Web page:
Learning First Alliance

Strengthening public schools for every child

District wide strategies

Blog Entries

Summer break is often seen as an idyllic time for teachers, parents and students to take vacations, have fun, and forget about the stress of school.

But for the growing number of students living in poverty, summer vacations can be a significant setback to their learning, researchers say.

“Summer learning loss is a significant contributor to the achievement gap,” says Nancy Levesque, executive director of the National Summer Learning Association. “Every summer, low-income youth lose two to three months in reading achievement while their higher-income peers make slight gains."

According to NSLA, these losses accrue each year, and by fifth grade, cumulative years of summer learning loss in reading and math skills can leave low-income students 2.5 to three years behind their peers. Further, disadvantaged students may also deal with food insecurities and safety issues when they are out of school. ...

This month’s issue of School Administrator magazine focuses on combating poverty. It’s ironic that this should even be a topic for discussion in one of the richest countries in the world. Yet according to the National Center for Children in Poverty, 45 percent of American children live in low-income households and more than half of public school students qualify for lunch subsidies.

Paul Buchheit, a teacher of economic inequality at DePaul University in Chicago, points out that in the past six years America’s wealth grew by 60 percent while in that same period the number of homeless children also grew by 60 percent. America is a leader in childhood poverty. UNICEF reports that the United States has one of the highest relative child poverty rates in the developed world and the majority of poor children are black, Latino and American Indian.

Is it any wonder we have an achievement gap between the haves and the have-nots? Should we be surprised when the zip code is as accurate a predictor of academic achievement as results on standardized tests? ...

You don’t need to look far within the hallways and classrooms to see the digital revolution in our schools. The growing use of technology is not only transforming learning – it is also extending and personalizing the learning experience.  

While this e-learning shift holds the promise to accelerate student success, school system leaders are faced with increased responsibility. Chief among those challenges: managing student data and security – and doing so with limited time and resources.

School system leaders need guidance when it comes to safeguarding the privacy of student data – and they need it today. That’s why the Trusted Learning Environment (TLE) Seal Program was developed for school systems. 

Collectively formed by national and local education leaders, the voluntary CoSN-led TLE Seal is a mark of distinction for school systems, signaling to parents and communities that they have taken the measurable steps to assure the digital privacy of student data. ...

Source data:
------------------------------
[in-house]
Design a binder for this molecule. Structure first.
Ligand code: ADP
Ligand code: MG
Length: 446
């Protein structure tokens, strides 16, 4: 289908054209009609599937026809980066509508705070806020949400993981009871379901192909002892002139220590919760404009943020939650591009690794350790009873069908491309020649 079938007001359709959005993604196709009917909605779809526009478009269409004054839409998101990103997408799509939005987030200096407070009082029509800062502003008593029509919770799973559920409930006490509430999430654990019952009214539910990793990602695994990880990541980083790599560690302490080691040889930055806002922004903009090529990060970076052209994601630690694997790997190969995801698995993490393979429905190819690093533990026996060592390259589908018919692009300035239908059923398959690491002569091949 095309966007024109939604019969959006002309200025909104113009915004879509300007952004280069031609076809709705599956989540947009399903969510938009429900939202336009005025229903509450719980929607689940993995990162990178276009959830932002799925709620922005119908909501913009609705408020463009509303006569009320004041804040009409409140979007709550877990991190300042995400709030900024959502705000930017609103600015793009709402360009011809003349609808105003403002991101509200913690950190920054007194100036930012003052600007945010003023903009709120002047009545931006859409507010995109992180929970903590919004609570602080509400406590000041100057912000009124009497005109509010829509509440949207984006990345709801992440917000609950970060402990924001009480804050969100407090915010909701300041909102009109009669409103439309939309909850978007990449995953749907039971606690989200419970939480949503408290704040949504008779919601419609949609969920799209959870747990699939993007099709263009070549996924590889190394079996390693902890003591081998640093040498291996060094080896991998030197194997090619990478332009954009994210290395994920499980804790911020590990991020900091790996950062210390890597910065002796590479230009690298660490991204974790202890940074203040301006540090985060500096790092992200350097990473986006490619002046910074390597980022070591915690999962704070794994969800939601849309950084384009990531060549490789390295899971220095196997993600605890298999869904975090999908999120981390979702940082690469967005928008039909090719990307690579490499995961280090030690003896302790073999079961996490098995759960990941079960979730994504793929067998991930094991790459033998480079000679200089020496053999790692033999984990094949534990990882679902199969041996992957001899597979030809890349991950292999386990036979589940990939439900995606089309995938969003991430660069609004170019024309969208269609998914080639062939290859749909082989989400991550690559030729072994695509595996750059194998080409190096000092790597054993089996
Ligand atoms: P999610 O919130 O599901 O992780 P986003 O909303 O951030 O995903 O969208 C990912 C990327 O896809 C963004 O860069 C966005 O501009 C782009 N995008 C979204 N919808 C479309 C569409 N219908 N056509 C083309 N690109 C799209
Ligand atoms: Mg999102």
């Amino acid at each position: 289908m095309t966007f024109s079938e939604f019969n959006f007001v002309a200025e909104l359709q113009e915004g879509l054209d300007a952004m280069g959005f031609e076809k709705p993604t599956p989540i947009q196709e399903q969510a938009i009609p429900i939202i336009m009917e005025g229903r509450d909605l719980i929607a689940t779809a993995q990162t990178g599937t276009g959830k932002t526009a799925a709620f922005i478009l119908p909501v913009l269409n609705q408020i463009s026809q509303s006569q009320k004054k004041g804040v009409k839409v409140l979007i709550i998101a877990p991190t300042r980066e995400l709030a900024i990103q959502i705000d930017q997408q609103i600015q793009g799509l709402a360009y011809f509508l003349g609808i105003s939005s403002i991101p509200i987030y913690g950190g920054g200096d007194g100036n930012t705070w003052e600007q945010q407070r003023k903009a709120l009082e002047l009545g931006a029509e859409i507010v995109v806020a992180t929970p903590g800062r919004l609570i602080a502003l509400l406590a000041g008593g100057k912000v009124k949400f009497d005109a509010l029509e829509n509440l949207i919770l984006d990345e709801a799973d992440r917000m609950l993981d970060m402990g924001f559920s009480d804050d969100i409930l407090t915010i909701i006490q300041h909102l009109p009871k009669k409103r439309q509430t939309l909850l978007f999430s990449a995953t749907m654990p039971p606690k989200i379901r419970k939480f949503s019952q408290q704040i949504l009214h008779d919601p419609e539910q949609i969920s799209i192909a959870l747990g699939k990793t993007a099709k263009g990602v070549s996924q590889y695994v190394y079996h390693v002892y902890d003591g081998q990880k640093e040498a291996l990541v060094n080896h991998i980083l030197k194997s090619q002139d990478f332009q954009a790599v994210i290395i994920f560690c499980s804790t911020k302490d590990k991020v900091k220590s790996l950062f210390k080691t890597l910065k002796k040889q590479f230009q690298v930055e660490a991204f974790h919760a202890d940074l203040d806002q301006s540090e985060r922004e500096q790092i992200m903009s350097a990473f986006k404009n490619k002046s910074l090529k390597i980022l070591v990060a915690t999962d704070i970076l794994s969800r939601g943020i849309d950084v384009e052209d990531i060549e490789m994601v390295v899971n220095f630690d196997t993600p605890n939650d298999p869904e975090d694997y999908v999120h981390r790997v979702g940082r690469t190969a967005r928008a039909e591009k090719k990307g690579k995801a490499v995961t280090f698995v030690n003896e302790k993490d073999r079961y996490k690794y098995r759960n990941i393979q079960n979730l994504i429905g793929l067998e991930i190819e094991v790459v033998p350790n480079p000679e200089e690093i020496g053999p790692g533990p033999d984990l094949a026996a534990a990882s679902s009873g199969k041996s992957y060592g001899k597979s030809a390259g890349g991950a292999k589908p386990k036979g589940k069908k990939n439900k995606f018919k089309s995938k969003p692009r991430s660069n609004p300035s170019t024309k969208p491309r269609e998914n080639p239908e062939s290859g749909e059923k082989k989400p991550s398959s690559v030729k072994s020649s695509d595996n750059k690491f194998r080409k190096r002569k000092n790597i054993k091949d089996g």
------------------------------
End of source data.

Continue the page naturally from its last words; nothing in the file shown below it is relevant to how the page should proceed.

Sometimes, the college and career standards become very real and personal.  This occurred for my wife and me at our son’s recent parent-teacher conference.  Our son is having a good year, thanks in large part to his wonderful teacher.  We reviewed his progress in reading, writing, math, and other subjects.  She was positive and enthusiastic with a good sense of humor.  When the subject of math came up, she highlighted how the students were using new practices like quantitative and abstract reasoning to develop a deeper understanding of key concepts.  She also shared that it had not been easy shifting to some of the new methods but that it had been worth it.  She observed that students were developing a deeper understanding of computational thinking.  She even exhibited the self-confidence of a good teacher by sharing that students often solve problems faster than her as she still uses the rote techniques that were drilled into all of us as students and have become part of our automaticity. ...

Your data has just been kidnapped and you will have to pay a ransom to get it back. This is the modern day “Stick-em up” and it is more common than you think.

Ransomware is becoming the crime of choice for cybercriminals to extort money from corporations, as well as individuals. It is not about stealing your data and sharing it with the world. It is not about privacy. On the contrary, your data is still residing on your system. It is about locking you out of your own system and data until you pay a ransom, and there is nothing you can do about it. It sounds unreal, but it is true. ...

John B. King, Jr. has a compelling personal story: Orphaned at age 12, it was public education and his teachers who saw him through a tumultuous period in his life and in turn inspired him to become a teacher, school administrator, and now the nation’s top education official.